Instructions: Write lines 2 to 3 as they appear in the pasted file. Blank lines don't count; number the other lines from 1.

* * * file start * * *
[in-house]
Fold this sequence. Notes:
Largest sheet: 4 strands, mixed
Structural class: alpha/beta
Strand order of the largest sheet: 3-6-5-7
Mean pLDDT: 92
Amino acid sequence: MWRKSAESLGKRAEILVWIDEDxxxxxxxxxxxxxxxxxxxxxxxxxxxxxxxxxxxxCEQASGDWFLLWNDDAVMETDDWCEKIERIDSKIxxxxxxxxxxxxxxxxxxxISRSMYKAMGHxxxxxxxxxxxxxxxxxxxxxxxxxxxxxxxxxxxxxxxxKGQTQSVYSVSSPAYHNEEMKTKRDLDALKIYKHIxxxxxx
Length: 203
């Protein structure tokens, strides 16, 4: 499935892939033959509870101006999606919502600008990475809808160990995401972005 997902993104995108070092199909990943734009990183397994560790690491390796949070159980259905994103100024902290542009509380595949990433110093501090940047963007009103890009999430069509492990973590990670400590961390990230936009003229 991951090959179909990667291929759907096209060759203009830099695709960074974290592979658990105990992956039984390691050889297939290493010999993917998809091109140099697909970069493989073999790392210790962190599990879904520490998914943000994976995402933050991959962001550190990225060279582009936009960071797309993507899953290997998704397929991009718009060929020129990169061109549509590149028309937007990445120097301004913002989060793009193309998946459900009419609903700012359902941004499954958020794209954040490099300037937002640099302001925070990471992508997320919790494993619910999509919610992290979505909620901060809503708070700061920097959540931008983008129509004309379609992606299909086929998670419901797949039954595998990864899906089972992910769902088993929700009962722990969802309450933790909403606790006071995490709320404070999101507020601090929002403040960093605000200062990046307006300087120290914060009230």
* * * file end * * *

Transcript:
Fold this sequence. Notes:
Largest sheet: 4 strands, mixed